It’s not just the story of Amy’s life and her tragic death that touched me so much.  I don’t think it was the unimaginable compassion her parents showed in fighting for the acquittal of her murderers either that affected me.  It was the mission that got to me.  But I still really didn’t have a clue because I hadn’t yet seen with my own eyes the brutal reality of the townships.  However, something compelled me to want to see them and to want to do more.  I felt our donation from a small group of us would help the foundation and I could say that I had done my part and I would feel better about myself.  I couldn’t have been more wrong!  Even now as I write this I wonder if they knew that if we saw it that they would snag at least one of us, I wonder if they knew that one of us wouldn’t be able to walk away.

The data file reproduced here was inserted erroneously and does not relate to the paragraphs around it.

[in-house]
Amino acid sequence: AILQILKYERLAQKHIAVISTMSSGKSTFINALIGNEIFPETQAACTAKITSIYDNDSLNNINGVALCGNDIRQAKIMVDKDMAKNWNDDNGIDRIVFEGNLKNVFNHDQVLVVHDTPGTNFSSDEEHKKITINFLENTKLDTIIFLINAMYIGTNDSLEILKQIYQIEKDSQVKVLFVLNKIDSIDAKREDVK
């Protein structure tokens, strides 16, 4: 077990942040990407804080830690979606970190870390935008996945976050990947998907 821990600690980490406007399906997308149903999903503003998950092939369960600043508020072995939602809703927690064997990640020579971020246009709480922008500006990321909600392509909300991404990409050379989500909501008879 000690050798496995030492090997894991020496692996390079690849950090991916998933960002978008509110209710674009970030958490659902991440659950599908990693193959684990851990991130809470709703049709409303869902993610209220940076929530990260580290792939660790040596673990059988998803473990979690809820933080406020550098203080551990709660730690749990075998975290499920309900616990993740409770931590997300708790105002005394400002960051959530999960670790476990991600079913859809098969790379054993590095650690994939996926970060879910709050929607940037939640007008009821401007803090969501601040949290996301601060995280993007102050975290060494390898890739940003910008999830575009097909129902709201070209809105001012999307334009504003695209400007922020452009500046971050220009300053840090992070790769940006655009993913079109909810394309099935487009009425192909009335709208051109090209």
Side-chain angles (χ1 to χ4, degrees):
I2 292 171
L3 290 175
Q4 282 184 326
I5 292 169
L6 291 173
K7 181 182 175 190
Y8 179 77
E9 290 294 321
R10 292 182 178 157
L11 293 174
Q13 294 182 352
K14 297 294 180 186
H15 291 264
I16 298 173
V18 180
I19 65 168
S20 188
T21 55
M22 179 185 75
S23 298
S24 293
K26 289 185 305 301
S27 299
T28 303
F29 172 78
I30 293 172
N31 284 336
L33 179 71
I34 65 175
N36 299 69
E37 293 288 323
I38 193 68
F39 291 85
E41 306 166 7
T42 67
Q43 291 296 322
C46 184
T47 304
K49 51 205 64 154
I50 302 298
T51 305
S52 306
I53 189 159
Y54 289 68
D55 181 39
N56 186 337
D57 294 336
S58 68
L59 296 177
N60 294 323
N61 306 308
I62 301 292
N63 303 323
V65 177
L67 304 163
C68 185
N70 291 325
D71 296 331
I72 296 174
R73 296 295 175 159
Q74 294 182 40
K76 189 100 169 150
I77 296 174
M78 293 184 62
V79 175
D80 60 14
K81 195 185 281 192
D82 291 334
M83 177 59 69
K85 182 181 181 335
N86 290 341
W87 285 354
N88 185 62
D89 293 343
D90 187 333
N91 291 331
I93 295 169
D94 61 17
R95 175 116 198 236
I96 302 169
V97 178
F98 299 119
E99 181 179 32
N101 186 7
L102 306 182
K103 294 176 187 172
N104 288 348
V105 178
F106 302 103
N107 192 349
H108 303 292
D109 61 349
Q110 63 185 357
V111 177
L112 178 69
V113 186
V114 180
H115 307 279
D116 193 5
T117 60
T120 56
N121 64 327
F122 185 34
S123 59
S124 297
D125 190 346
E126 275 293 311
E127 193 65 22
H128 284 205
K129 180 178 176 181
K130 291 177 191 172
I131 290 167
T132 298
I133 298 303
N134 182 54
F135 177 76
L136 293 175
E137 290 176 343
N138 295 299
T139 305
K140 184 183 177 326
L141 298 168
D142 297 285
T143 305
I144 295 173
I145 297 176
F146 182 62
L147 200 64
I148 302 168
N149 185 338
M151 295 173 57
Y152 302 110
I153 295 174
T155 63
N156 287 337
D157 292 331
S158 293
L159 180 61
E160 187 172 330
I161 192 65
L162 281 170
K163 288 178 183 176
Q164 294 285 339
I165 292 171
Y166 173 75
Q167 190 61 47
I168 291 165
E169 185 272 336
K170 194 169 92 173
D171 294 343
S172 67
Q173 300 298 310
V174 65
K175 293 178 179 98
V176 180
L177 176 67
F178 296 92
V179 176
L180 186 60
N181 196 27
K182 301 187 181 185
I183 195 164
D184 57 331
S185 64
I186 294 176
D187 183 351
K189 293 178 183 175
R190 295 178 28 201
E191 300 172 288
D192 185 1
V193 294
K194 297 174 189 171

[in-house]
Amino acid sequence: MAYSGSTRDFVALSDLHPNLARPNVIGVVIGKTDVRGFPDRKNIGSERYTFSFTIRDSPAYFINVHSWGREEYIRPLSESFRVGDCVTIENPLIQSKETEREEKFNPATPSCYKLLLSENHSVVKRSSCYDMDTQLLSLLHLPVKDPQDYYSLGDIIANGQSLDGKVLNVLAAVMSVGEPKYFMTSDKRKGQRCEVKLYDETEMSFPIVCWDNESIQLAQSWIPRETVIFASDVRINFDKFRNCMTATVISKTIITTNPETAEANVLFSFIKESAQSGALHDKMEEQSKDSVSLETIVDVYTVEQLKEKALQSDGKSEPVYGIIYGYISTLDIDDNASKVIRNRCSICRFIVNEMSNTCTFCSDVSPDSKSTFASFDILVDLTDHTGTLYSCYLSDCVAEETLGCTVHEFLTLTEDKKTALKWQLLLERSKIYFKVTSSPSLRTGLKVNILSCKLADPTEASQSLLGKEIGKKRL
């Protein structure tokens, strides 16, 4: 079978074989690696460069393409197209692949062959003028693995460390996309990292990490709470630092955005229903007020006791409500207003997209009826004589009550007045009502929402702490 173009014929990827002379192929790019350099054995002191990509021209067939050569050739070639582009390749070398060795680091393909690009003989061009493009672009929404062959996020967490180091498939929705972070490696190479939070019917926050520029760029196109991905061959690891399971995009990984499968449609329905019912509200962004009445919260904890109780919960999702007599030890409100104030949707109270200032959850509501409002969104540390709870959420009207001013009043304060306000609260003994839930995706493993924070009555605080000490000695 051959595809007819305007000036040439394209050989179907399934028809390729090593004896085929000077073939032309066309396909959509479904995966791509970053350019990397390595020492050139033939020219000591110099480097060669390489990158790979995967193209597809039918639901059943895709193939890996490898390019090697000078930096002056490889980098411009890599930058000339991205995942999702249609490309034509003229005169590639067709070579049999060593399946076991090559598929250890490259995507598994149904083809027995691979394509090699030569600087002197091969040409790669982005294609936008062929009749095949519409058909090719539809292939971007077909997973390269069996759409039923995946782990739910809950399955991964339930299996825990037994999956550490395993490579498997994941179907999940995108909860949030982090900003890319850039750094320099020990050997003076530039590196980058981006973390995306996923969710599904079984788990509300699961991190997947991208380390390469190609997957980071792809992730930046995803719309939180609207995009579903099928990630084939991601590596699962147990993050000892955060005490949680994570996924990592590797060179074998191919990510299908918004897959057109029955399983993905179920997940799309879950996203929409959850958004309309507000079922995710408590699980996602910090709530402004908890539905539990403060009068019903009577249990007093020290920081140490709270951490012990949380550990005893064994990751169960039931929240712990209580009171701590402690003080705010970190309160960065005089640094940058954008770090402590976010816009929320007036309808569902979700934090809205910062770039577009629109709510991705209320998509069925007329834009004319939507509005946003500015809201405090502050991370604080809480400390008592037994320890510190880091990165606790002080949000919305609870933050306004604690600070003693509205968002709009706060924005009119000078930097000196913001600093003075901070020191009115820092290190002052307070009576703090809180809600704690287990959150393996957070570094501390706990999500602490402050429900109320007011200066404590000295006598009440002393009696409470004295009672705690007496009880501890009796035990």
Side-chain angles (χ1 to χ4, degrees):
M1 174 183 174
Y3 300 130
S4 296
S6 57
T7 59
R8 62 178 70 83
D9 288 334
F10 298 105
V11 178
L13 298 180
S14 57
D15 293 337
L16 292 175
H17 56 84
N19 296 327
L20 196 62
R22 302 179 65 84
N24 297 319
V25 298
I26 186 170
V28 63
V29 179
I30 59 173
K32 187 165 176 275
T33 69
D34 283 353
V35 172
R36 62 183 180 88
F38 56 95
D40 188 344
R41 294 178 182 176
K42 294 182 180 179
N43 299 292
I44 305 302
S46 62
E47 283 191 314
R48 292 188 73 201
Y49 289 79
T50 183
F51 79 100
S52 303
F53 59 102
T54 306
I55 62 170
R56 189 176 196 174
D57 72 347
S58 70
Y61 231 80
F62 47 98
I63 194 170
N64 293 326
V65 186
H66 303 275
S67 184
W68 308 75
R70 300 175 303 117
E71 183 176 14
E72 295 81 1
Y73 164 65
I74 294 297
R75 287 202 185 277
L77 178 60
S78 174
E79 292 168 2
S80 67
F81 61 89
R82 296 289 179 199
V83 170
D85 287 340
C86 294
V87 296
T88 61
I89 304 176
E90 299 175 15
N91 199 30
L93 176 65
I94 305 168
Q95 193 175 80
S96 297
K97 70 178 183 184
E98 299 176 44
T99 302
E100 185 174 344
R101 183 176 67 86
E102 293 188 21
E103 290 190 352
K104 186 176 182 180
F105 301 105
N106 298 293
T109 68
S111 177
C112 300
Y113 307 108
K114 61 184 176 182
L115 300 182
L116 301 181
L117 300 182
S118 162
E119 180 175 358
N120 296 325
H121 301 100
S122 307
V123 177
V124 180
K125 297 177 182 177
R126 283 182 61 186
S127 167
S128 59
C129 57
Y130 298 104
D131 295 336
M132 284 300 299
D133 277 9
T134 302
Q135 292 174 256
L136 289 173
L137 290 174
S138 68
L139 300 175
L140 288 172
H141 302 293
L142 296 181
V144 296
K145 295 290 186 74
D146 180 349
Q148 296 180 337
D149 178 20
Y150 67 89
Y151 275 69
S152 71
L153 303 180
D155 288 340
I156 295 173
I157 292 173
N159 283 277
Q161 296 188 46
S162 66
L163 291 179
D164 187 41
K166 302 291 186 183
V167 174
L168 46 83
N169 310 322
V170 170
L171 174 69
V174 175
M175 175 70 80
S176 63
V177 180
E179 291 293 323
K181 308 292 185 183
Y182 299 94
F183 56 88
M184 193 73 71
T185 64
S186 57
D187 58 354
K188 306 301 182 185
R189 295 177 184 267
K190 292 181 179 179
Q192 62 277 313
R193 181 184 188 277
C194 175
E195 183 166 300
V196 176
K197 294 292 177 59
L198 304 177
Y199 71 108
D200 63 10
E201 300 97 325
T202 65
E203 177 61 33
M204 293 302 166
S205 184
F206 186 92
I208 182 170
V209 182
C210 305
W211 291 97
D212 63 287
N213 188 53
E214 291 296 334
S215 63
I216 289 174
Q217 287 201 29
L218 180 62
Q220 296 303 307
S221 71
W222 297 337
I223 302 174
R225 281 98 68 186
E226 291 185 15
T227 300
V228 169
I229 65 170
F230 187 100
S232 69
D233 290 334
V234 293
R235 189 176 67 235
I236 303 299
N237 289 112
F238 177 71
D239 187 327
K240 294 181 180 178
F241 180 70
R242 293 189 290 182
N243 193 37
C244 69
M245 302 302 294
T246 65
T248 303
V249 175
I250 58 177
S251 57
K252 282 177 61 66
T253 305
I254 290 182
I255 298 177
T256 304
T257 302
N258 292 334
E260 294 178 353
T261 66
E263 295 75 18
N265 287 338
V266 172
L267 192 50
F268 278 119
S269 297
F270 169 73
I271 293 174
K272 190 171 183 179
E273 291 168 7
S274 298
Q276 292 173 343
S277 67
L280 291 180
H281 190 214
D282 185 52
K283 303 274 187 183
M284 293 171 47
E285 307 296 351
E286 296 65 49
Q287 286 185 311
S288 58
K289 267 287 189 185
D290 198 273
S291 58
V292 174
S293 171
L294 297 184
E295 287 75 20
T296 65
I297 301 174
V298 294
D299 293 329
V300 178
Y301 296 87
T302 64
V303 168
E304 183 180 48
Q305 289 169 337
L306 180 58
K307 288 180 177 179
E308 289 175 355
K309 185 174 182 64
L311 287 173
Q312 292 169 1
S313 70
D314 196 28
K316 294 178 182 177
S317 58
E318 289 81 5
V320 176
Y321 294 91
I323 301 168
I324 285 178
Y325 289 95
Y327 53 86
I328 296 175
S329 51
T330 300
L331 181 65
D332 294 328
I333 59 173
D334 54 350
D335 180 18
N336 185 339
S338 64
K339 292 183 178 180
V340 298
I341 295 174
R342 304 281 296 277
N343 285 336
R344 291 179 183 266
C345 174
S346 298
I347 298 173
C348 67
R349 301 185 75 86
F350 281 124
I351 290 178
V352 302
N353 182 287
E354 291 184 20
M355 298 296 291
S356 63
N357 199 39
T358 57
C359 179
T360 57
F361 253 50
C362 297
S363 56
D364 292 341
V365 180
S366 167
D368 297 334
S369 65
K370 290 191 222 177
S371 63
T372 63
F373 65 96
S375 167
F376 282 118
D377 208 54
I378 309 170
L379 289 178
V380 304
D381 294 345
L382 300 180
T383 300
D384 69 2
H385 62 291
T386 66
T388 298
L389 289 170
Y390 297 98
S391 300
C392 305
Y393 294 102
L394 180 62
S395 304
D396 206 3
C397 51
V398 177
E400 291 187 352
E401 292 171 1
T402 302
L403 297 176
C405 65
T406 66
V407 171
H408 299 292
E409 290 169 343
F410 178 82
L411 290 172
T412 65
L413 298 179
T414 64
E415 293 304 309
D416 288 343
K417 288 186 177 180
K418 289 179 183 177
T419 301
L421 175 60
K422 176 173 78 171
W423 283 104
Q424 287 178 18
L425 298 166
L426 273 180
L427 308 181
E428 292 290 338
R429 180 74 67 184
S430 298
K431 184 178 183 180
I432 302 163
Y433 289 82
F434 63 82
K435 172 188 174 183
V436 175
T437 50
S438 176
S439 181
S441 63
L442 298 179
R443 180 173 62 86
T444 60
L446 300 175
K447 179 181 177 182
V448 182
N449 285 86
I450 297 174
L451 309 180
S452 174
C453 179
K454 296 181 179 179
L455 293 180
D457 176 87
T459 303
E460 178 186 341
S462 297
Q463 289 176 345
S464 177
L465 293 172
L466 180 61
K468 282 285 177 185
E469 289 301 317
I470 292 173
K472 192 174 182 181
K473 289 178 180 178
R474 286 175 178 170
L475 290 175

The driver said that 4 million people live in the townships surrounding Cape Town. Yet the impact, the real impact wasn’t until I got to the school and watched the kids perform.  I had to put my sunglasses on because I didn’t want my classmates or the children to see me crying.  They were so happy to be performing for us that they didn’t care about the lack of shoes on their feet or the holes in their clothes.  I thought to myself that it was just a few days ago that my wife and I were discussing how we would ever afford college for my four sons while these kids were worrying about how they would afford their next meal.  Something changed inside me that day, I can’t explain it yet but I think that it’s a good thing.